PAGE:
It took the Rock (who had cuffed Mankind the previous year in a perfect touch) interfering to let a police officer get Jack out and give the fans another reason to believe. Eventually it was a pair of Pedigrees (with an awesome pop when Jack kicked out of the first), including one onto the thumbtacks, to FINALLY put Jack away and retain Triple H’s title, giving Triple H reputation he lived off of for years.

As I re-watched this, I found it interesting that there are very few spots that you wouldn’t see done again (and again and again and again) in other hardcore matches in other companies. Even the tacks spot only felt so fresh as I’ve seen it done dozens of times elsewhere. This one felt different though and that was the case for a reason that you don’t see enough of these days: it felt like they had earned it.

The match itself is incredible and one of the most violent and savage things you will ever see in wrestling. It certainly isn’t the biggest brawl you’ll ever see, but that’s not where the real work came from. This match was so good because it had been set up so well. The initial Falls Count Anywhere match had taken place over two years before and Jack’s reputation had been set up all the way back in the early 1990s in Japan. Those gaps are what made it work so well.

As soon as you heard that Jack was going to be in a street fight, images began popping up in your head, but how many people knew what they were in for? WWE aired some clips of some of Jack’s deathmatches in Japan, but what was he going to be doing here? That’s where they had you. It wasn’t about checking off a list like kendo sticks, trashcan lids and maybe one fairly big spot. This was a way of making you want to see what he was going to do because it wasn’t something that had been seen in years. Jack was a surprise bonus who had only shown up a few weeks before. To use a cliché, absence makes the heart grow fonder.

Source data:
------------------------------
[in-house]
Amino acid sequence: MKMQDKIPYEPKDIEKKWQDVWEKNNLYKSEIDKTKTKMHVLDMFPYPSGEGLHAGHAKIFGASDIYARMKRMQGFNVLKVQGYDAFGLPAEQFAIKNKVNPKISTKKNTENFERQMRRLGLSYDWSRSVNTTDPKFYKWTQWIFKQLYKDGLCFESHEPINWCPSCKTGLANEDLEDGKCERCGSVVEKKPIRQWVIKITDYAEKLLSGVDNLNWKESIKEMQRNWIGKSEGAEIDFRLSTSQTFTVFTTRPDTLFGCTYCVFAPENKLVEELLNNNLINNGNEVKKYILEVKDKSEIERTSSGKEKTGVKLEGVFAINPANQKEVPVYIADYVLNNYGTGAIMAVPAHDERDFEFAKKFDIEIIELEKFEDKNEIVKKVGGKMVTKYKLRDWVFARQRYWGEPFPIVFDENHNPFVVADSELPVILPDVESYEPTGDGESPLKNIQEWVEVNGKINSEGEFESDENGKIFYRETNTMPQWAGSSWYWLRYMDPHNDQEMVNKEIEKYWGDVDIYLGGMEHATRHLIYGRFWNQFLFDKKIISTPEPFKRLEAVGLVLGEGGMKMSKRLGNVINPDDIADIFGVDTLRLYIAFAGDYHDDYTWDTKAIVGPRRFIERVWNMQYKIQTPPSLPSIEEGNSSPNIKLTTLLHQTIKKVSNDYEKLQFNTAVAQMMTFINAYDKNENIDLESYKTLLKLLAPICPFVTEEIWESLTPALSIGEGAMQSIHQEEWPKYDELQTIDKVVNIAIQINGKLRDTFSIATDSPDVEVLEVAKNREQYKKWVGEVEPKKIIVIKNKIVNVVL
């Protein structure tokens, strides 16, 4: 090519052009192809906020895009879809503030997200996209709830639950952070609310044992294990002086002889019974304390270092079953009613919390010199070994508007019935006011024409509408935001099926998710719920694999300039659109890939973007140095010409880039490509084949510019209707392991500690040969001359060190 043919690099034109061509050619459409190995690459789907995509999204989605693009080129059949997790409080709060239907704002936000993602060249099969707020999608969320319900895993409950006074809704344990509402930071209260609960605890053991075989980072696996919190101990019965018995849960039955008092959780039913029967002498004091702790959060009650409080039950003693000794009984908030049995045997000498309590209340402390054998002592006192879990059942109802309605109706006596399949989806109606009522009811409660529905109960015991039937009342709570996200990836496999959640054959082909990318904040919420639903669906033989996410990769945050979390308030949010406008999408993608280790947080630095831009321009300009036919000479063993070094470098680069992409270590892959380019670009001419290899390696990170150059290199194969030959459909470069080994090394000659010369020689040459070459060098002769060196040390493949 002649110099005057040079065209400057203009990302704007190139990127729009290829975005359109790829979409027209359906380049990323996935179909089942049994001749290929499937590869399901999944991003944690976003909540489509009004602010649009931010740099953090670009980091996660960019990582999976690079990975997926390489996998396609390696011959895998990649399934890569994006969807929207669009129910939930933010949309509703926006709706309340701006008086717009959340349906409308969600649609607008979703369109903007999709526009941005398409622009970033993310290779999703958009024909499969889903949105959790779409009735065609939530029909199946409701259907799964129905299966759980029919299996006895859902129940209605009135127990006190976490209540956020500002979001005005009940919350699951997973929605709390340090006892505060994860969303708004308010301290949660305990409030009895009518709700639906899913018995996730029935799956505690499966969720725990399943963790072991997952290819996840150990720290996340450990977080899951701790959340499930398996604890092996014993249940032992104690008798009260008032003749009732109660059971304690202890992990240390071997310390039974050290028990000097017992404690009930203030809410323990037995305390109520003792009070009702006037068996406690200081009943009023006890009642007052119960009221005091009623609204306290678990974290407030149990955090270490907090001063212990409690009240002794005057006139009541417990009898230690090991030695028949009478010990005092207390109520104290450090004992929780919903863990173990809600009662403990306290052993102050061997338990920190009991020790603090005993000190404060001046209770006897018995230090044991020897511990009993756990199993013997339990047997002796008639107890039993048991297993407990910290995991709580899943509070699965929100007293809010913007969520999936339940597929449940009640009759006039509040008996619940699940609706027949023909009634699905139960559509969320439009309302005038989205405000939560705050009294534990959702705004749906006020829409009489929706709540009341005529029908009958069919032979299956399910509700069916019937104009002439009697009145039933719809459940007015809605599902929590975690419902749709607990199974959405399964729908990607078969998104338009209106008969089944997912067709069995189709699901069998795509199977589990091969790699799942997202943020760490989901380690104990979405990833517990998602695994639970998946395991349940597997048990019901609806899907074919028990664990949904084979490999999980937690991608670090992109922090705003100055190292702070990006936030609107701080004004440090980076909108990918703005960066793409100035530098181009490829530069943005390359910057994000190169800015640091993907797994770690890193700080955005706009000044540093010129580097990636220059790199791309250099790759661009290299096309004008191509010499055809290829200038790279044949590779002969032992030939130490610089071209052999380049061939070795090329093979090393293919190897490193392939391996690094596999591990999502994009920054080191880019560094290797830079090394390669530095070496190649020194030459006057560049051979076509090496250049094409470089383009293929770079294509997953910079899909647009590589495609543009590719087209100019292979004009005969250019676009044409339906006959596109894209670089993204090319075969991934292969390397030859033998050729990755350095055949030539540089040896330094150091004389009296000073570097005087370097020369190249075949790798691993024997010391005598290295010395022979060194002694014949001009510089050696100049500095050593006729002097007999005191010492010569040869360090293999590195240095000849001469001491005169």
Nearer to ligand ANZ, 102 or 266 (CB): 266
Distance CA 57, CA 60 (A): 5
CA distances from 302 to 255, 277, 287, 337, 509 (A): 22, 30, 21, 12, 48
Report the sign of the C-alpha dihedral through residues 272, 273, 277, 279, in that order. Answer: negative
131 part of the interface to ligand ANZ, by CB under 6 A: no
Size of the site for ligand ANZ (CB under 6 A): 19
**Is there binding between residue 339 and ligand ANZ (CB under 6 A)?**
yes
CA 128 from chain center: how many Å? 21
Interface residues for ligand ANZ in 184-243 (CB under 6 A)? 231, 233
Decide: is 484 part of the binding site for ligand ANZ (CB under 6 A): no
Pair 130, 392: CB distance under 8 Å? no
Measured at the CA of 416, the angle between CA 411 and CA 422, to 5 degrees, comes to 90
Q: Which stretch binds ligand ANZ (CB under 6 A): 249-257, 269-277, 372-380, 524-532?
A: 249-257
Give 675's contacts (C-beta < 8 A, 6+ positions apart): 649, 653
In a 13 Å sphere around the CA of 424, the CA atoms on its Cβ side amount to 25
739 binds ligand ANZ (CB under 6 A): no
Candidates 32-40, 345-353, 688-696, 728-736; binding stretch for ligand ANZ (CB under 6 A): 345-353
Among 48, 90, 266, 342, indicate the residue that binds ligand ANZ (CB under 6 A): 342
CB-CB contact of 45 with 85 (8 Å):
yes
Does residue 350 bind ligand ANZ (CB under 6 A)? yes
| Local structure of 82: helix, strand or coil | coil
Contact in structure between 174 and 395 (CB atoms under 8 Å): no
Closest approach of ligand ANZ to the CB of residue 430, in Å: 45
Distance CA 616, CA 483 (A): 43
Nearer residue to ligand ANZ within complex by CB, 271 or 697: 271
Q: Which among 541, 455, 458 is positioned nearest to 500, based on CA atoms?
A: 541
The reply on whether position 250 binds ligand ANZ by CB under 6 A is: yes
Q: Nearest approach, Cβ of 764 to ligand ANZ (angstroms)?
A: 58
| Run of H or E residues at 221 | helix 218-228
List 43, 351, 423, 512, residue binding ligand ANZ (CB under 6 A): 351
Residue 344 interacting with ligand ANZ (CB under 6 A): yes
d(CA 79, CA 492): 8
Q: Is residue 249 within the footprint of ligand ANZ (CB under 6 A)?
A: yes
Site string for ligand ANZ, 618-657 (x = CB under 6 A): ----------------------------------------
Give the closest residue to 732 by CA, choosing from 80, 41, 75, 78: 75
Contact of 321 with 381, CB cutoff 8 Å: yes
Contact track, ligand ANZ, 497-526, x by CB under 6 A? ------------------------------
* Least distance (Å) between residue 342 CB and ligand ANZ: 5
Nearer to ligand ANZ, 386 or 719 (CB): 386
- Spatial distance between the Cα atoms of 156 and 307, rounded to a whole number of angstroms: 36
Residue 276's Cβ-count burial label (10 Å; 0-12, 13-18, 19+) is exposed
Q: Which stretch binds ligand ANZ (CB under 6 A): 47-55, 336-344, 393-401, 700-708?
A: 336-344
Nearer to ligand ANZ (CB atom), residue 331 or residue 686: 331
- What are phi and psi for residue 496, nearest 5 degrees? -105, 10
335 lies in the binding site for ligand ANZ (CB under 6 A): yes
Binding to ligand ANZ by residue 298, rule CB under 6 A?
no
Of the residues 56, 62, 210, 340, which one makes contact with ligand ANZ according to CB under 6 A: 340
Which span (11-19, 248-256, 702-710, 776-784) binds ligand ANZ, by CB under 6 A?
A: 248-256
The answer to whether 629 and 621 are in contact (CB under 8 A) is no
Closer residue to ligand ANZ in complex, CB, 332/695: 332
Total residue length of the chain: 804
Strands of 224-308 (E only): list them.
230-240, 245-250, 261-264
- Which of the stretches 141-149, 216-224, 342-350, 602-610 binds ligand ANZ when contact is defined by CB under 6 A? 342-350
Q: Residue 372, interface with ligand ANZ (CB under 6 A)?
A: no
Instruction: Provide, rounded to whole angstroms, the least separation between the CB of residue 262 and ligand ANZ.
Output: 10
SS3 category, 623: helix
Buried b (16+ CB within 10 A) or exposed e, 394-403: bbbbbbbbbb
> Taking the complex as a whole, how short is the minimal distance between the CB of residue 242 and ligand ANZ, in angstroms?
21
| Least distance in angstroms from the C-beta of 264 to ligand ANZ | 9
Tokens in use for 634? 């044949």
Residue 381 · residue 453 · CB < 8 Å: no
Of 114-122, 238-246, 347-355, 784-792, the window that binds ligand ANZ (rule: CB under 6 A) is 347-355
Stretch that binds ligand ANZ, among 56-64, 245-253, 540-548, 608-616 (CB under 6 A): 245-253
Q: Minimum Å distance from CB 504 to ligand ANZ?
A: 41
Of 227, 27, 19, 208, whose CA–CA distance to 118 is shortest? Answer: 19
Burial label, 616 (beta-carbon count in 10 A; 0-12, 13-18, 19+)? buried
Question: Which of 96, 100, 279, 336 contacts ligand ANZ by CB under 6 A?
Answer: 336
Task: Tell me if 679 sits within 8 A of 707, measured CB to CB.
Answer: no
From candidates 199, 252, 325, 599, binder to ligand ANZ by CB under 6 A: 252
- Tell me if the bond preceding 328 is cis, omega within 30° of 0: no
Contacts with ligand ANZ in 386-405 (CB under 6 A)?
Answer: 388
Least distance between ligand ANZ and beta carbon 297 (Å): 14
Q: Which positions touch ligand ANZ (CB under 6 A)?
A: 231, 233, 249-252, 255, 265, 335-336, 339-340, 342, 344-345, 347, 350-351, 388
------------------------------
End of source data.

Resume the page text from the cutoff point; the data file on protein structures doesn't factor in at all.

You didn’t see this level of carnage in WWE at the time. Even the Hardcore Title was a lot of comedy violence (Al Snow’s bowling ball low blow would be coming soon enough) that mainly focused on hitting someone with a weapon to steal a title. Jack on the other hand was out for blood and if he won the WWF Title in the process, so be it. Triple H loved the title more than anything in the world and had to do what he had to do to retain it, even if he didn’t know how to go that far just yet.

That’s one of the things that makes a great match: you don’t know how things are going to go, even if it seems like it should be pretty clear. There was a very real chance that Jack was walking out of New York City with the title because how in the world was Triple H supposed to pull this off? That’s the kind of feeling you do not see very often and it made you want to watch the match just to see what happened. The build was set up perfectly and then they executed everything they were trying to do.

This match is revered and so much of it doesn’t even come from the match itself. It was all of the things built up around the match that made it work as well as it did (With a bonus touch for Stephanie McMahon wearing a Cactus Jack inspired choker, presumably because she thought Jack would choke. I have no idea if that was on purpose but if so, nice one.). The match has held up for twenty years because the effort was put in, and that is how you make a timeless classic. These two wanted to hurt each other and then they got the chance to, making it one of the best non-Royal Rumble Royal Rumble matches ever.

Thomas Hall has been a wrestling fan for over thirty years and has seen over 50,000 wrestling matches. He has also been a wrestling reviewer since 2009 with over 5,000 full shows covered. You can find his work at kbwrestlingreviews.com, or check out his- Amazon author page with 30 wrestling books.